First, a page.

Discovery - University of Dundee - Online Publications

Library & Learning Centre

Effect of hepatic cytochrome P450 (P450) oxidoreductase deficiency on 2-Amino-1-methyl-6-phenylimidazo[4,5-b]pyridine-DNA Adduct Formation in P450 reductase conditional null mice

Effect of hepatic cytochrome P450 (P450) oxidoreductase deficiency on 2-Amino-1-methyl-6-phenylimidazo[4,5-b]pyridine-DNA Adduct Formation in P450 reductase conditional null mice

Research output: Contribution to journalArticle

View graph of relations

Authors

Research units

    Info

    Original languageEnglish
    Pages2169-2173
    Number of pages5
    JournalDrug Metabolism and Disposition
    Journal publication dateDec 2011
    Journal number12
    Volume39
    DOIs
    StatePublished

    Abstract

    2-Amino-1-methyl-6-phenylimidazo[4,5-b]pyridine (PhIP), formed during the cooking of foods, induces colon cancer in rodents. PhIP is metabolically activated by cytochromes P450 (P450s). To evaluate the role of hepatic P450s in the bioactivation of PhIP, we used Reductase Conditional Null (RCN) mice, in which cytochrome P450 oxidoreductase (POR), the unique electron donor to P450s, can be specifically deleted in hepatocytes by pretreatment with 3-methylcholanthrene (3-MC), resulting in the loss of essentially all hepatic P450 function. RCN mice were treated orally with 50 mg/kg b.wt. PhIP daily for 5 days, with and without 3-MC pretreatment. PhIP-DNA adducts (i.e., N-(deoxyguanosin-8-yl)-2-amino-1-methyl-6-phenylimidazo[4,5-b]pyridine [dG-C8-PhIP]), measured by liquid chromatography-tandem mass spectrometry, were highest in colon (1362 adducts/10(8) deoxynucleosides), whereas adduct levels in liver were similar to 3.5-fold lower. Whereas no differences in PhIP-DNA adduct levels were found in livers with active POR versus inactivated POR, adduct levels were on average similar to 2-fold lower in extrahepatic tissues of mice lacking hepatic POR. Hepatic microsomes from RCN mice with or without 3-MC pretreatment were also incubated with PhIP and DNA in vitro. PhIP-DNA adduct formation was similar to 8-fold lower with hepatic microsomes from POR-inactivated mice than with those with active POR. Most of the hepatic microsomal activation of PhIP in vitro was attributable to CYP1A. Our results show that PhIP-DNA adduct formation in colon involves hepatic N-oxidation, circulation of activated metabolites via the bloodstream to extrahepatic tissues, and further activation, resulting in the formation of dG-C8-PhIP. Besides hepatic P450s, PhIP may be metabolically activated mainly by a non-P450 pathway in liver.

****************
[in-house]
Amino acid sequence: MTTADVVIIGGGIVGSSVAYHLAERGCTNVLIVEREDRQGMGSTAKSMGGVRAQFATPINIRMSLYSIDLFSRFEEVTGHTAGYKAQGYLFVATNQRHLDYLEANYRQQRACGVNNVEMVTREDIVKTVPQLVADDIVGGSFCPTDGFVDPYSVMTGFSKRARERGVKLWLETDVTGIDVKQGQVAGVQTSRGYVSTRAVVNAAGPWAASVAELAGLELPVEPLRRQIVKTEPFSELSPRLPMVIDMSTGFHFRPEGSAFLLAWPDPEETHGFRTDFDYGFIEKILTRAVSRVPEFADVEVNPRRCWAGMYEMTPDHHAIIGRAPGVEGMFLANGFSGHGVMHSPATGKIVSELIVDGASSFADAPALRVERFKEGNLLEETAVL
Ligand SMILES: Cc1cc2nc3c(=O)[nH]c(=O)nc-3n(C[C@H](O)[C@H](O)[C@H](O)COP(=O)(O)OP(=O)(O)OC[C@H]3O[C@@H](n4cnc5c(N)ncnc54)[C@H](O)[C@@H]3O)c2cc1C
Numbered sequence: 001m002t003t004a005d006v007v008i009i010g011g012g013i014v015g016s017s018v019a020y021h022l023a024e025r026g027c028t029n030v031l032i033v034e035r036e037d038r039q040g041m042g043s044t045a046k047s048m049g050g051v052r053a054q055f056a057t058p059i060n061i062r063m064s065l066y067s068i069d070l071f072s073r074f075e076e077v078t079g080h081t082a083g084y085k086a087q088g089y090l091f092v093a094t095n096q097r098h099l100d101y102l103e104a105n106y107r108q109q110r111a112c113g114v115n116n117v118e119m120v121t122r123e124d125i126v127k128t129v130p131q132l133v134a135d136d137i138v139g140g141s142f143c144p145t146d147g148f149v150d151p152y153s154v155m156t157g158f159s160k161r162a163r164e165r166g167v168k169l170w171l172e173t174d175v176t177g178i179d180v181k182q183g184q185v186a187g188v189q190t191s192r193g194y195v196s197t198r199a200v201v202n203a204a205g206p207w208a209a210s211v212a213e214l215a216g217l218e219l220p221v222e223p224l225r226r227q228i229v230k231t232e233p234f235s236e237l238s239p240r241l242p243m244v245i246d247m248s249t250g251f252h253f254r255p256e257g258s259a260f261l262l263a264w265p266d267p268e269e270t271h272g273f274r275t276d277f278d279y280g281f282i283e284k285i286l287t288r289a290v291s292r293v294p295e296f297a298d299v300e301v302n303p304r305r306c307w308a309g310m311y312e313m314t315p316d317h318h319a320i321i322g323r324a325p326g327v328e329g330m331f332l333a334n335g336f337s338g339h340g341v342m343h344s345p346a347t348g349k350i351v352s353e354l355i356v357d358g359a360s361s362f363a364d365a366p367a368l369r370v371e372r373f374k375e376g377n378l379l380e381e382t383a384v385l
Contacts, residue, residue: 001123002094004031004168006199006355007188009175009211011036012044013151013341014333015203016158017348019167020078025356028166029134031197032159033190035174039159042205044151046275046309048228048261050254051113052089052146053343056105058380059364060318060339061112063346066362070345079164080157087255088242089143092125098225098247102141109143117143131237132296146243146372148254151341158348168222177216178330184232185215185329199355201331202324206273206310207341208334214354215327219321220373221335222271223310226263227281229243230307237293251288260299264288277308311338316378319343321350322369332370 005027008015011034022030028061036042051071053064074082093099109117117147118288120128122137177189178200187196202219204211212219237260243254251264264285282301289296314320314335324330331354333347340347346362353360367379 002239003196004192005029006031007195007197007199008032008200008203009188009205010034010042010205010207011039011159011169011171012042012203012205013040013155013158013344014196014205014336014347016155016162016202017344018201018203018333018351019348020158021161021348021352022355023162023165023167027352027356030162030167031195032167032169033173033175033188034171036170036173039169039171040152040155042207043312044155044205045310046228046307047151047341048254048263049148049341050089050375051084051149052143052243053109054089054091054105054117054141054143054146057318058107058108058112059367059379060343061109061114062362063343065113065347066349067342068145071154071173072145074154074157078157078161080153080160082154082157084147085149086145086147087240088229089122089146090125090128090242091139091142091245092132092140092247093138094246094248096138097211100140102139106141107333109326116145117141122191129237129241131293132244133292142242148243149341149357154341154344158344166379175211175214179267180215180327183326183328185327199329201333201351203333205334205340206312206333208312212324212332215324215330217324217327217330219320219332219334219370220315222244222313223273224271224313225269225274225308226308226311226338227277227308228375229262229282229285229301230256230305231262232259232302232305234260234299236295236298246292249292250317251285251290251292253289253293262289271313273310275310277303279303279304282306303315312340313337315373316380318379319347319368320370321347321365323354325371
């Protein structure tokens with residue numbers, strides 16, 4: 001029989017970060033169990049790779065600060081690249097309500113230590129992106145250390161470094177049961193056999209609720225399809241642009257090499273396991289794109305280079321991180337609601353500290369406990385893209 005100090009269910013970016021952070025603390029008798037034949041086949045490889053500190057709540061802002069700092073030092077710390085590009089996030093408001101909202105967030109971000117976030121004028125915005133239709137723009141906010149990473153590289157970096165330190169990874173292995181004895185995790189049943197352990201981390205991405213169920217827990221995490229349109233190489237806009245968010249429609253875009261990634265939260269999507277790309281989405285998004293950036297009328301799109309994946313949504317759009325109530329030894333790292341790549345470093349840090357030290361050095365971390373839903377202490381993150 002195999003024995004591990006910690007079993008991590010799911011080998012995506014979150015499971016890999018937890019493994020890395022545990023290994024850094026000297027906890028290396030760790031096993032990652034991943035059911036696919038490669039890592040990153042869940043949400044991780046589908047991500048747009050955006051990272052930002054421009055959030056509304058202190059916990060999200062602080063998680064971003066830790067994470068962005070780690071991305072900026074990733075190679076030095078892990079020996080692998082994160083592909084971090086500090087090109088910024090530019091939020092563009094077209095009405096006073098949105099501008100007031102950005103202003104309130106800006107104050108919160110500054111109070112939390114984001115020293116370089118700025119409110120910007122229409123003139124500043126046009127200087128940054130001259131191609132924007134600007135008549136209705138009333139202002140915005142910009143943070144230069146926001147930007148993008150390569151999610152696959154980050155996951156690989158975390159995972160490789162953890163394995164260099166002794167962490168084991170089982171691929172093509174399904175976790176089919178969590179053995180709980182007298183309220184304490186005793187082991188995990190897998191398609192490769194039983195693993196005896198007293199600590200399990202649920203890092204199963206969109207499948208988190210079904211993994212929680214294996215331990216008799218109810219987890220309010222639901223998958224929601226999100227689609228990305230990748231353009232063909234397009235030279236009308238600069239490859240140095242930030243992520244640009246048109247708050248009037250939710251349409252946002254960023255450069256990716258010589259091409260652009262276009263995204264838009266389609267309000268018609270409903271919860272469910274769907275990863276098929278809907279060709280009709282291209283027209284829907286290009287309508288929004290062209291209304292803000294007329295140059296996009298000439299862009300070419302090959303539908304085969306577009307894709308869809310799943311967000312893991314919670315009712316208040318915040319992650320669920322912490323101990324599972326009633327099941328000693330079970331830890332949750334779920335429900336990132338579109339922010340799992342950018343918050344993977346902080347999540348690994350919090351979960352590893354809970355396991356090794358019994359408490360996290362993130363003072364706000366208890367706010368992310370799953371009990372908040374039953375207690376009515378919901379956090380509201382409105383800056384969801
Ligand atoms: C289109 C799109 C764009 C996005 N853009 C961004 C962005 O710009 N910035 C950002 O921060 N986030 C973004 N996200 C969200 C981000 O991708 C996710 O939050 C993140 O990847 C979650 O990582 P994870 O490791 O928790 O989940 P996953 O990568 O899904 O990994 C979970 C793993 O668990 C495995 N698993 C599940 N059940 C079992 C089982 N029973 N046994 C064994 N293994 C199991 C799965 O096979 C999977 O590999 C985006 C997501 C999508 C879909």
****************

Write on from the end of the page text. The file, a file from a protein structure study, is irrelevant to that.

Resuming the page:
Documents

    Library & Learning Centre

    Contact | Accessibility | Policy